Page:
Deluded thinking about happiness

The trouble with quotes on the Internet is that you never know if they are genuine.” — Abraham Lincoln

buddAnyone wishing to add credible weight to their article can be grateful for Einstein’s passing – it means you can make shit up, and put his name to it without provoking ire or litigation.

 

A common quotation attributed to Einstein begins “A human being is a part of the whole, called by us ‘Universe’, a part limited in time and space. He experiences himself, his thoughts and feelings as something separated from the rest — a kind of optical delusion of his consciousness.”, and is usually followed by someone’s mashup with another quote: “This delusion is a kind of prison for us, restricting us to our personal desires and to affection for a few persons nearest to us...”. But the true letter as verified by a scanned image continued thus: “The striving to free oneself from this delusion is the one issue of true religion. Not to nourish the delusion but to try to overcome it is the way to reach the attainable measure of peace of mind.” This was written to a US Chaplain who participated in the liberating of survivors from Nazi concentration camps.

We live in an era where the veracity of information is quite suspect. History can be sanitised and adapted for political purposes, and the virtual world supplants reality in many ways. Shops become eCommerce supply chains, identities become avatars. Maya means ‘illusion’, which gives an excuse to share a backing track by a friend of ours …. while you read. All the thought-provoking intro to this post was in order to stress the confusion between reality and dreams, so who better than the Father of Relativity? For all his brilliant intellect, Einstein was a compassionate being with a common touch. We’re deluded to think that we’re not connected – Donne instructed in 1624 “No man is an island entire of itself; every man is a piece of the continent...”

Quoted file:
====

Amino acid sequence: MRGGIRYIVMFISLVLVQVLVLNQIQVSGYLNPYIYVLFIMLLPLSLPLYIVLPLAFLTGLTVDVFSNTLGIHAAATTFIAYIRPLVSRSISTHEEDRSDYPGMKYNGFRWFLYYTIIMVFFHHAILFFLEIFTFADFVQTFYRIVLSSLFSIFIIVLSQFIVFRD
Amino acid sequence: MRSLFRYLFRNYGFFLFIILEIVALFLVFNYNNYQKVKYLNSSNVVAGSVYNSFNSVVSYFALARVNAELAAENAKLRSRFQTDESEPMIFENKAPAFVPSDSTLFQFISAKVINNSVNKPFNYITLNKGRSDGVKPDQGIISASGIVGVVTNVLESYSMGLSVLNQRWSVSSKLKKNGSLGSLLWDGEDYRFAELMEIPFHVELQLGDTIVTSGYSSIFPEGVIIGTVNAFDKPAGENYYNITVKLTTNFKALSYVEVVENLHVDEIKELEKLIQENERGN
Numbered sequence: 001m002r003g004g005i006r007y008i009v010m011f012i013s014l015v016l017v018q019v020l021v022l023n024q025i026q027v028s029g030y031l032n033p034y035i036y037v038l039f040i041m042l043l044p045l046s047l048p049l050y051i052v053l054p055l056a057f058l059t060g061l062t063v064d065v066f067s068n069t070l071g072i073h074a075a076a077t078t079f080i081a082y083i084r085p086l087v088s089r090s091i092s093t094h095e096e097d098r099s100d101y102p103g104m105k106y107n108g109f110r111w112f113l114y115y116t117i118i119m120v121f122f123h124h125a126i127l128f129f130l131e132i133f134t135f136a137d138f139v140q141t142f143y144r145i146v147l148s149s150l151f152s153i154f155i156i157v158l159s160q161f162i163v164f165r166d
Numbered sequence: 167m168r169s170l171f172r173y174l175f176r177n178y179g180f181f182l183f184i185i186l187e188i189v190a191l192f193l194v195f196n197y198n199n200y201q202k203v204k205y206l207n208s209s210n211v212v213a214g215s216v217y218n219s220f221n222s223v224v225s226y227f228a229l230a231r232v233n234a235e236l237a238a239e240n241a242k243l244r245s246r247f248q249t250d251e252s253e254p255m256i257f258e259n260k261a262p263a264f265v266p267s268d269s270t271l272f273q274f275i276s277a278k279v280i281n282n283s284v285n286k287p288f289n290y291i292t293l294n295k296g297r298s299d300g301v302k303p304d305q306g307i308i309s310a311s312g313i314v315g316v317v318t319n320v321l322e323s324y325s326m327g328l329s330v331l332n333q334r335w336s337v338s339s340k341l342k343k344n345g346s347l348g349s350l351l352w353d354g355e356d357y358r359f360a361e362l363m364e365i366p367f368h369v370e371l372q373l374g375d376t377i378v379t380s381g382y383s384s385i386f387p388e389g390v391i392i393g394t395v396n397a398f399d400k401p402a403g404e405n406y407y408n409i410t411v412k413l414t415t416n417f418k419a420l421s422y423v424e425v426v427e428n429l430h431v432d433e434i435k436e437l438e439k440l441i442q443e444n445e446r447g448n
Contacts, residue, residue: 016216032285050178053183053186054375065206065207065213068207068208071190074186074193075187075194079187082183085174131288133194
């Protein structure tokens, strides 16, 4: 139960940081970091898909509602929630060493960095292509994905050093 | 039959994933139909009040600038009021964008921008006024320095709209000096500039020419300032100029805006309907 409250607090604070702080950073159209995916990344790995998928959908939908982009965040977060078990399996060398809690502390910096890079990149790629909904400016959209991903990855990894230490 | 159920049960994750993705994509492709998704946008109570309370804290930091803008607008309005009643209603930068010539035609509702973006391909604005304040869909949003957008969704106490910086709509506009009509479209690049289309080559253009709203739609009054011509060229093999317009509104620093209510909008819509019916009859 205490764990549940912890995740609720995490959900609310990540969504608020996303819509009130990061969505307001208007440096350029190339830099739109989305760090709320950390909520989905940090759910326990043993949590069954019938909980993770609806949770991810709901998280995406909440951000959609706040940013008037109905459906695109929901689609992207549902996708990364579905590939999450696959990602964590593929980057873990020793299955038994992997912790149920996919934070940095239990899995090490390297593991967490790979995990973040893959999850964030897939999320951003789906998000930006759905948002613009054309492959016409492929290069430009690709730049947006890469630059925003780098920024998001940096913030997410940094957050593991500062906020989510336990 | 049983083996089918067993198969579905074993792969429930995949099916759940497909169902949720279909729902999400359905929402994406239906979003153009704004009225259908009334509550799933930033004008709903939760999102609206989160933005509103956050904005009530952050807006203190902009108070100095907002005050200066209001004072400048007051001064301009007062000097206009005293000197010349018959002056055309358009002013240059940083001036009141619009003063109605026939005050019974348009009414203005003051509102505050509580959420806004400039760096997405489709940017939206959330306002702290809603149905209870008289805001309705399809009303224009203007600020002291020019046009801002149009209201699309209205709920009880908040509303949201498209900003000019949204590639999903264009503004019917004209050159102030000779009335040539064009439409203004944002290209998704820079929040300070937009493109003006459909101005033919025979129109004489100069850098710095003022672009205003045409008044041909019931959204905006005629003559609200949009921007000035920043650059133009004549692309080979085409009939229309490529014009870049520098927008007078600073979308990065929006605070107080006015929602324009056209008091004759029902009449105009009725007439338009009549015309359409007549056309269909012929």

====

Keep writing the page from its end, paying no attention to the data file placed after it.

Robert Butera, whose PhD on HIV/AIDS preceded many other studies on mindfulness and immune system breakdown, wrote wisely in ‘Meditation for your Life’: “The mind does not accept that every possession is changing, so we become mired in attachments to things remaining constant…. a secondary and more insidious type of thought generated by the desire for things is the fantasy or dream of having something that you do not yet own. Now the irony in this illusion is that ownership of material items is an impossibility in the first place“. In fact we’re possessed by possessions – they demand maintenance, storage, upgrading, and our partner’s acquiescence to tie-up of assets.

No better example is the yacht, the lifestyle dream when sold, but a millstone to its owner. The truism that a yachtie has two happy days – when it’s purchased and when it’s sold, is borne out by the majority of expensive vessels cluttering the marinas. You may randomly see a fleet participating in a race, but most boats don’t leave their berth. And skippers are always desperately seeking race crews who’ll tolerate wintry misery.

Watch these Nth & Sth hemisphere webcams to see how few vacancies appear on the weekend.

We don’t float alone, but are all tied to the same fates. And tides. Our connectedness remains, whether or not we think we can just sail away from it all.

Geoff and Carole Kirwood are partners in the Mindful Gap, and have found great contentment in sailing.

Author: Geoff regularly blogs and can be followed on FnMyalgia.com as well as themindfulgap.com.au 

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